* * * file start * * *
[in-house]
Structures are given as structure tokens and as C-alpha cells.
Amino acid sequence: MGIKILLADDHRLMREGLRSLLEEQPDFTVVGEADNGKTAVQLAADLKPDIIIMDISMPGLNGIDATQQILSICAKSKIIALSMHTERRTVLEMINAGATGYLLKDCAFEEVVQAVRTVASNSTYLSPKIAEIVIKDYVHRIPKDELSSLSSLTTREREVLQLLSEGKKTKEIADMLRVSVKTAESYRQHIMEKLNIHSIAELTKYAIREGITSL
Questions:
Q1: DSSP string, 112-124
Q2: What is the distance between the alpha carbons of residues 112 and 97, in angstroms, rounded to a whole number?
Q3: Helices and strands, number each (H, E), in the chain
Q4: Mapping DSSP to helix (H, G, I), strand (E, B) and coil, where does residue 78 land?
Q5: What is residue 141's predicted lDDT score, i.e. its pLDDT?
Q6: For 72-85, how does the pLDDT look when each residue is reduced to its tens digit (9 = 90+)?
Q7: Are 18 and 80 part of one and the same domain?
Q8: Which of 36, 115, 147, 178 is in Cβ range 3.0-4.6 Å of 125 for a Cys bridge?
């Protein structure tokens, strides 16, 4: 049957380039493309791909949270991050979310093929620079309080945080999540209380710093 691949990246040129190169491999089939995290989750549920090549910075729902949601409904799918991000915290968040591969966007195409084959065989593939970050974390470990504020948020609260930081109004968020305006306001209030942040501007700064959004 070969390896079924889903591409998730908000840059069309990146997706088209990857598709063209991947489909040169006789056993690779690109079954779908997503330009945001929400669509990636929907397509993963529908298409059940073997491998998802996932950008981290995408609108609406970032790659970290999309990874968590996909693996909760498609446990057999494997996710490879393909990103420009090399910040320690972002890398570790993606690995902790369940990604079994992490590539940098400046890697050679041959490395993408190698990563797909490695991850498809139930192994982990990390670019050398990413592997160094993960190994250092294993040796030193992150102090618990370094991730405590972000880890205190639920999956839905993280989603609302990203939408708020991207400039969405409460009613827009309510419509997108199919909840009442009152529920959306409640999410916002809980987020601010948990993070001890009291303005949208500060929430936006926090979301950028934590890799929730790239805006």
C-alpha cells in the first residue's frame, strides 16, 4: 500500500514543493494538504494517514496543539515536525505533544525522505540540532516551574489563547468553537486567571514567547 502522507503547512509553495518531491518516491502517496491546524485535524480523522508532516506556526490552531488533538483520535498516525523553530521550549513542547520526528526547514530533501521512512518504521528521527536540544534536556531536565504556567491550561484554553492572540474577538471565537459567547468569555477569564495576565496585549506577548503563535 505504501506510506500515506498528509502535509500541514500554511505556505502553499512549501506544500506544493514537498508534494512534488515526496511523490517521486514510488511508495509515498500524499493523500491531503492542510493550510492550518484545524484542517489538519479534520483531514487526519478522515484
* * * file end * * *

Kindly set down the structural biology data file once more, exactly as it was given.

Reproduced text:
[in-house]
Structures are given as structure tokens and as C-alpha cells.
Amino acid sequence: MGIKILLADDHRLMREGLRSLLEEQPDFTVVGEADNGKTAVQLAADLKPDIIIMDISMPGLNGIDATQQILSICAKSKIIALSMHTERRTVLEMINAGATGYLLKDCAFEEVVQAVRTVASNSTYLSPKIAEIVIKDYVHRIPKDELSSLSSLTTREREVLQLLSEGKKTKEIADMLRVSVKTAESYRQHIMEKLNIHSIAELTKYAIREGITSL
Questions:
Q1: DSSP string, 112-124
Q2: What is the distance between the alpha carbons of residues 112 and 97, in angstroms, rounded to a whole number?
Q3: Helices and strands, number each (H, E), in the chain
Q4: Mapping DSSP to helix (H, G, I), strand (E, B) and coil, where does residue 78 land?
Q5: What is residue 141's predicted lDDT score, i.e. its pLDDT?
Q6: For 72-85, how does the pLDDT look when each residue is reduced to its tens digit (9 = 90+)?
Q7: Are 18 and 80 part of one and the same domain?
Q8: Which of 36, 115, 147, 178 is in Cβ range 3.0-4.6 Å of 125 for a Cys bridge?
């Protein structure tokens, strides 16, 4: 049957380039493309791909949270991050979310093929620079309080945080999540209380710093 691949990246040129190169491999089939995290989750549920090549910075729902949601409904799918991000915290968040591969966007195409084959065989593939970050974390470990504020948020609260930081109004968020305006306001209030942040501007700064959004 070969390896079924889903591409998730908000840059069309990146997706088209990857598709063209991947489909040169006789056993690779690109079954779908997503330009945001929400669509990636929907397509993963529908298409059940073997491998998802996932950008981290995408609108609406970032790659970290999309990874968590996909693996909760498609446990057999494997996710490879393909990103420009090399910040320690972002890398570790993606690995902790369940990604079994992490590539940098400046890697050679041959490395993408190698990563797909490695991850498809139930192994982990990390670019050398990413592997160094993960190994250092294993040796030193992150102090618990370094991730405590972000880890205190639920999956839905993280989603609302990203939408708020991207400039969405409460009613827009309510419509997108199919909840009442009152529920959306409640999410916002809980987020601010948990993070001890009291303005949208500060929430936006926090979301950028934590890799929730790239805006």
C-alpha cells in the first residue's frame, strides 16, 4: 500500500514543493494538504494517514496543539515536525505533544525522505540540532516551574489563547468553537486567571514567547 502522507503547512509553495518531491518516491502517496491546524485535524480523522508532516506556526490552531488533538483520535498516525523553530521550549513542547520526528526547514530533501521512512518504521528521527536540544534536556531536565504556567491550561484554553492572540474577538471565537459567547468569555477569564495576565496585549506577548503563535 505504501506510506500515506498528509502535509500541514500554511505556505502553499512549501506544500506544493514537498508534494512534488515526496511523490517521486514510488511508495509515498500524499493523500491531503492542510493550510492550518484545524484542517489538519479534520483531514487526519478522515484